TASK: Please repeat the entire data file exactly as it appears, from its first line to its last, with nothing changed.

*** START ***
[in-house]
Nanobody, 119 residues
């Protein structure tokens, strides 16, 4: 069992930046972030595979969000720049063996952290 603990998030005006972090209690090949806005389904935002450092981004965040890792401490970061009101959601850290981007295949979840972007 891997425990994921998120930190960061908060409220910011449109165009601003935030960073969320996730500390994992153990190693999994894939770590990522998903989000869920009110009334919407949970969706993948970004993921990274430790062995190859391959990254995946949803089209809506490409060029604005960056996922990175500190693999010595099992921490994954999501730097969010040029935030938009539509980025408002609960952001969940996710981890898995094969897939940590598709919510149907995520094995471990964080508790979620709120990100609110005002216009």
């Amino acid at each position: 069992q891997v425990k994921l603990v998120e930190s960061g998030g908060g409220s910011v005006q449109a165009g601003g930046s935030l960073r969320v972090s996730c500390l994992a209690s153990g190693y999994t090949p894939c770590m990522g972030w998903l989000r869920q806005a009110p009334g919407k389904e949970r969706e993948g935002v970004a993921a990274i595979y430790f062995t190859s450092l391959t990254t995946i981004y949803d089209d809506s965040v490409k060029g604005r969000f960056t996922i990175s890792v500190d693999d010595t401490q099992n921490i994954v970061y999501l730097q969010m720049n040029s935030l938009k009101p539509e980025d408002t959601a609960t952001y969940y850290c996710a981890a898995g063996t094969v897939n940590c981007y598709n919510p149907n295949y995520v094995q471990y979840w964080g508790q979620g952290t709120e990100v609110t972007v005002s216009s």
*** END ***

[in-house]
Nanobody, 119 residues
């Protein structure tokens, strides 16, 4: 069992930046972030595979969000720049063996952290 603990998030005006972090209690090949806005389904935002450092981004965040890792401490970061009101959601850290981007295949979840972007 891997425990994921998120930190960061908060409220910011449109165009601003935030960073969320996730500390994992153990190693999994894939770590990522998903989000869920009110009334919407949970969706993948970004993921990274430790062995190859391959990254995946949803089209809506490409060029604005960056996922990175500190693999010595099992921490994954999501730097969010040029935030938009539509980025408002609960952001969940996710981890898995094969897939940590598709919510149907995520094995471990964080508790979620709120990100609110005002216009």
């Amino acid at each position: 069992q891997v425990k994921l603990v998120e930190s960061g998030g908060g409220s910011v005006q449109a165009g601003g930046s935030l960073r969320v972090s996730c500390l994992a209690s153990g190693y999994t090949p894939c770590m990522g972030w998903l989000r869920q806005a009110p009334g919407k389904e949970r969706e993948g935002v970004a993921a990274i595979y430790f062995t190859s450092l391959t990254t995946i981004y949803d089209d809506s965040v490409k060029g604005r969000f960056t996922i990175s890792v500190d693999d010595t401490q099992n921490i994954v970061y999501l730097q969010m720049n040029s935030l938009k009101p539509e980025d408002t959601a609960t952001y969940y850290c996710a981890a898995g063996t094969v897939n940590c981007y598709n919510p149907n295949y995520v094995q471990y979840w964080g508790q979620g952290t709120e990100v609110t972007v005002s216009s």